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This remarkable hymn (1779) comes from the pen of that remarkable man, John Newton (1725-1807). It’s a beautiful poem about how the Lord afflicts us that he might comfort us.

The song can be used with any tune in Long Meter (88 88). We recently sang the hymn at our church using the tune O Waly, Waly, which was the tune used at T4G 12.

I asked the Lord that I might grow
In faith, and love, and every grace;
Might more of His salvation know,
And seek, more earnestly, His face.

‘Twas He who taught me thus to pray,
And He, I trust, has answered prayer!
But it has been in such a way,
As almost drove me to despair.

I hoped that in some favored hour,
At once He’d answer my request;
And by His love’s constraining pow’r,
Subdue my sins, and give me rest.

Instead of this, He made me feel
The hidden evils of my heart;
And let the angry pow’rs of hell
Assault my soul in every part.

Yea more, with His own hand He seemed
Intent to aggravate my woe;
Crossed all the fair designs I schemed,
Blasted my gourds, and laid me low.

Lord, why is this, I trembling cried,
Wilt thou pursue thy worm to death?
“‘Tis in this way, the Lord replied,
I answer prayer for grace and faith.

These inward trials I employ,
From self, and pride, to set thee free;
And break thy schemes of earthly joy,
That thou may’st find thy all in Me.”

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15 thoughts on “I Asked the Lord That I Might Grow”

  1. anonymous says:

    “These inward trials I employ, from self, and pride, to set thee free; and break thy schemes of earthly joy, that thou may’st find thy all in Me.”

    amen via song also :

    I sing for joy in my remorse; a well within prosperity’s curse; that drowns the mighty oak of pride but feeds the root of God inside…In You I find my rest; In You I find my death; In You I find my all and my emptiness; somehow it all makes sense…In You I’m rich when I’ve been made poor; comfort found when I mourn; the prideful one You see from afar; Drawing near to low, broken hearts.

  2. Nick F. says:

    Don’t forget the Indellible Grace version!

  3. This is why praying for holiness is dangerous.

  4. anaquaduck says:

    The nicer side of suffering is seeing what good things it can produce. A change of heart or attitude, a re evaluation…

    His purposes will ripen fast,
    Unfolding every hour;
    The bud may have a bitter taste,
    But sweet will be the flow’r.

    William Cowper, 1774. God moves in mysterious ways

    There are so many beautiful old hymns that we can learn from.

  5. Rose says:

    I wonder why it was “thy worm”? I am familiar with the Bible teaching that men may be despised like worms, that they are from dust and will return to dust, but to describe one of God’s children as his “worm” does not sound Scriptural to me.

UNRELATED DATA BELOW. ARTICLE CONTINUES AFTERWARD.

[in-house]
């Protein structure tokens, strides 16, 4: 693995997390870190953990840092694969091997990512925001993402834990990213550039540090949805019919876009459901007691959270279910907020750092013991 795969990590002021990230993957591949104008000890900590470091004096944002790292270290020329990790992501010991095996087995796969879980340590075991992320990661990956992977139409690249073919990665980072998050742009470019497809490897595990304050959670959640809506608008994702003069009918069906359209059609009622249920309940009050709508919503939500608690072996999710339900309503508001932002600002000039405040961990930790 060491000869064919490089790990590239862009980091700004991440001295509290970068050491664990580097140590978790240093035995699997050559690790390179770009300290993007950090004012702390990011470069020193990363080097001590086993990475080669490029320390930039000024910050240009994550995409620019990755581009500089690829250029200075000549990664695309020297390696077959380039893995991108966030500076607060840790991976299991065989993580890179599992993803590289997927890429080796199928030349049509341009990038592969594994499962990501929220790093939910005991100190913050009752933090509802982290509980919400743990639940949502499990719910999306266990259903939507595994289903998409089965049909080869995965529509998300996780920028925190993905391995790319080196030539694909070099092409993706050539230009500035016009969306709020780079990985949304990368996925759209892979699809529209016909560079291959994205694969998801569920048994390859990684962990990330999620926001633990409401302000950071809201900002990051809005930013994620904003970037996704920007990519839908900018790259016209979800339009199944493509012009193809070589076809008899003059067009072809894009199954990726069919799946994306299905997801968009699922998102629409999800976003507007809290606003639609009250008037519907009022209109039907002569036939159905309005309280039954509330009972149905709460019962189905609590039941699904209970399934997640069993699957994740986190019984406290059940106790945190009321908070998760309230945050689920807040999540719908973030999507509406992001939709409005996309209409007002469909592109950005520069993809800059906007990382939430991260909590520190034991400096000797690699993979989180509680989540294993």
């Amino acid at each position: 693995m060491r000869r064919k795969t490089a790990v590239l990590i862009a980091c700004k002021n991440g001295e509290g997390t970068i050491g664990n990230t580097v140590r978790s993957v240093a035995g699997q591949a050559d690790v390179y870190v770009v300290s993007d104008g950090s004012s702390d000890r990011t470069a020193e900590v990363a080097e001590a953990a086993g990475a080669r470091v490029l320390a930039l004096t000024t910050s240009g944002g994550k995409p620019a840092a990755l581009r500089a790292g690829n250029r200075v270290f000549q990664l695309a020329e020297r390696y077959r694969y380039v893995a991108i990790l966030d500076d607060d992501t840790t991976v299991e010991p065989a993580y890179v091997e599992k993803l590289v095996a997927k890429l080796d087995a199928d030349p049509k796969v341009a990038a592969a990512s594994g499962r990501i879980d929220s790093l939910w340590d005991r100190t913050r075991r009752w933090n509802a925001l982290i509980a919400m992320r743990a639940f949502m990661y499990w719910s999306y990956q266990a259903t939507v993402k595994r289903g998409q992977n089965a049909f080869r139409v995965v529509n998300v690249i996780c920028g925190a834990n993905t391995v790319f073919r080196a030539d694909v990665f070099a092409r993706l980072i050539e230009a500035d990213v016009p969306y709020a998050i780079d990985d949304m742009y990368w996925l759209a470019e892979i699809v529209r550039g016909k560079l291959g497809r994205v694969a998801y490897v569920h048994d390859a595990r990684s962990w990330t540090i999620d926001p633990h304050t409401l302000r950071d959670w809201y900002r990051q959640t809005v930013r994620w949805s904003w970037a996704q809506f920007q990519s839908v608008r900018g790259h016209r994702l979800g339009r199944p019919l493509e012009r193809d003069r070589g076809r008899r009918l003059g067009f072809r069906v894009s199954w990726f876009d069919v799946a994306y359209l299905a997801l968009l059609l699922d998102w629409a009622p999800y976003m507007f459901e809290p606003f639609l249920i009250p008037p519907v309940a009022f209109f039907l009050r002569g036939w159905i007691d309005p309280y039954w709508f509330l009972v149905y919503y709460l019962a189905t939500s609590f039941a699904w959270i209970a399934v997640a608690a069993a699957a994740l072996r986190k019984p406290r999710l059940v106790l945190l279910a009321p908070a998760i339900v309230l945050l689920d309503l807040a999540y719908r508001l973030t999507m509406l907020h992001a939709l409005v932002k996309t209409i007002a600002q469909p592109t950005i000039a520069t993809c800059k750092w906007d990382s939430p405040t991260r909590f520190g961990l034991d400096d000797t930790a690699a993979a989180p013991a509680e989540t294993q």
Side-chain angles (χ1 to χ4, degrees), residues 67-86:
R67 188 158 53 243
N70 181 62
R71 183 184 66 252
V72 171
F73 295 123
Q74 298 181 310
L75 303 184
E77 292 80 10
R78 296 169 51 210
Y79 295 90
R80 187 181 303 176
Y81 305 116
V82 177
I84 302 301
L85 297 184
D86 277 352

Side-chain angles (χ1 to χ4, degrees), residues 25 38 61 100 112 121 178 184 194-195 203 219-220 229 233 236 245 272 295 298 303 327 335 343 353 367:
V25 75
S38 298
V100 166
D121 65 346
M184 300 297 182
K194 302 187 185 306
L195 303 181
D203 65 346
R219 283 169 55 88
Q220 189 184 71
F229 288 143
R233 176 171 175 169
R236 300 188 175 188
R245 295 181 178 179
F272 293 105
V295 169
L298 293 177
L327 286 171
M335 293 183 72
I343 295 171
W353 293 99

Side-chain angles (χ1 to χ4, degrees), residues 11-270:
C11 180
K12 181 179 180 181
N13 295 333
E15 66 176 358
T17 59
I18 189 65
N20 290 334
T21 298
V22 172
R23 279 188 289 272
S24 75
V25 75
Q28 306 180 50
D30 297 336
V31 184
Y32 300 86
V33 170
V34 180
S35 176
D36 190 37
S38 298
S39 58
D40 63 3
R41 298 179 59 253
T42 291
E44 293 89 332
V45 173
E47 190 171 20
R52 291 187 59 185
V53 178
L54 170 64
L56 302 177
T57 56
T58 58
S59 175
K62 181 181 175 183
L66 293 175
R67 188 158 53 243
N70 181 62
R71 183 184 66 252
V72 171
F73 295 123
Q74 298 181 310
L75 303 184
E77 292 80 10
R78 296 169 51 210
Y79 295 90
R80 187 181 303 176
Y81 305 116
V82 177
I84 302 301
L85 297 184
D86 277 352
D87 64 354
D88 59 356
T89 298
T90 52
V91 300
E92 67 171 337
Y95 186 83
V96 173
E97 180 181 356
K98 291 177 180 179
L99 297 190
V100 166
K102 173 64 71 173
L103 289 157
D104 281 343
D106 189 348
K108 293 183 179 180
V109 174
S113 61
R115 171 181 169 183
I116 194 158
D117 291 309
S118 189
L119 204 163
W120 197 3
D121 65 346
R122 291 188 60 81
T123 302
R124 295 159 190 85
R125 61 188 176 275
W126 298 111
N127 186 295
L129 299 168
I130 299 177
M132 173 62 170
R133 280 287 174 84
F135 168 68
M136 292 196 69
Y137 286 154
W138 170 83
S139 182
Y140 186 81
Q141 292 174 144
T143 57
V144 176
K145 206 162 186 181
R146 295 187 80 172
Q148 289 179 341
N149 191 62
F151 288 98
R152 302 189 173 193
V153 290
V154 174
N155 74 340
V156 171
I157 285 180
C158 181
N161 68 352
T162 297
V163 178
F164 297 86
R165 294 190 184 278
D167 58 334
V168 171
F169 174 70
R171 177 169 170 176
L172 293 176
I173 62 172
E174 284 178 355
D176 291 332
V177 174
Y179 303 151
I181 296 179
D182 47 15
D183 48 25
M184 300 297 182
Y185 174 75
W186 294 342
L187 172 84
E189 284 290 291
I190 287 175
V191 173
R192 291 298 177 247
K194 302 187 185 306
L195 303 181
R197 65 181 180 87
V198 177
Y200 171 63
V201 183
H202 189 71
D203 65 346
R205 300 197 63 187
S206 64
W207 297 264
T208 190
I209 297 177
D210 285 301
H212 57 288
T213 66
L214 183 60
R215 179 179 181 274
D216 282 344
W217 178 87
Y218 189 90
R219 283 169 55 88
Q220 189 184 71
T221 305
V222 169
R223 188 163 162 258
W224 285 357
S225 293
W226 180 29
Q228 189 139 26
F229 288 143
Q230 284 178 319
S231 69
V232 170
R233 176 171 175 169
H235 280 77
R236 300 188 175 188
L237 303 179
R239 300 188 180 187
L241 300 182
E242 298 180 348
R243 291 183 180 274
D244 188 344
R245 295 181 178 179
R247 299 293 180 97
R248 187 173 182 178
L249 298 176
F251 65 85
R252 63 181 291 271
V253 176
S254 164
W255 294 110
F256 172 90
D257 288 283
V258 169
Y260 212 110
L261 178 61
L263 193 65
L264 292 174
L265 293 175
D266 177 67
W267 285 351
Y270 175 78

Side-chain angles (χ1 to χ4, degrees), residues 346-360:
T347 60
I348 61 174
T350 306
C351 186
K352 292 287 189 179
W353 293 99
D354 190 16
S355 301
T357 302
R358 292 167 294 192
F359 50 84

6. I love this hymn. A great arrangement/rendition of it can be found on this CD of Newton’s Olney hymns, by Todd Murray. This song is set to the same tune as the traditional version of “When I Survey the Wondrous Cross.”

    Also, Rose: I imagine Newton self-addressed as a “worm” because of how he saw himself as sinful in the light of God’s holiness. Anyone who has honestly considered his own sinfulness in that same light has shared that sentiment. As for it being Scriptural, two texts come to mind. David describes himself that way in Psalm 22:6, which is especially interesting in light of the Messianic context (cf. 22:1). But perhaps even more pertinent, God Himself speaks of Israel this way in Isaiah 41:14, highlighting man’s own weakness but God’s strength in coming to their aid.

  7. Rose says:

    Thanks, Mike, I looked at both those passages, but I don’t get the sense that gets into the hymn from either of them. In Psalm 22 what is being described is the reaction of other people to the psalmist, which, of course, is Messianic. I don’t think the psalm is enjoining us to think of ourselves or other men that way. In fact, the very phrase, “I am a worm and not a man,” makes clear that men are not worms. The passage in Isaiah, indeed, speaks of Israel’s smallness and weakness and filth, but the point of that passage is to demonstrate how God lifts us out of the mire and places us in a very high position, though we do not deserve it. Using the “worm” language in our hymns makes me think that on some level we actually prefer the mud. I don’t think it is a healthy or scriptural psychology.

  8. Stephen Mixon says:

    I think he uses the expression “thy worm to death” artistically to describe how he, Newton, felt about himself. It sounds almost sarcastic. He is in a sense asking God, instead of making me holy, as I so earnestly asked you, are you now to drive me into the ground and kill me? I don’t think Newton is arguing for a new view of us being wormlike, but rebuking our view of Christian growth. Namely, sanctification is not something I turn on and off, but that God employs for His children the way he sees fit. Always for our good!!

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  12. Unwritten- Natasha Bedingfield. Don’t Stop Believin’- Journey. Get Up- Superchick. Reach- Caleigh Peters. Reachin’ for Heaven- Diana DeGarmo

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Kevin DeYoung

Kevin DeYoung is the senior pastor at Christ Covenant Church in Matthews, North Carolina. He is chairman of the board of The Gospel Coalition, assistant professor of systematic theology at Reformed Theological Seminary (Charlotte), and a PhD candidate at the University of Leicester. Kevin and his wife, Trisha, have seven children. You can follow him on Twitter.

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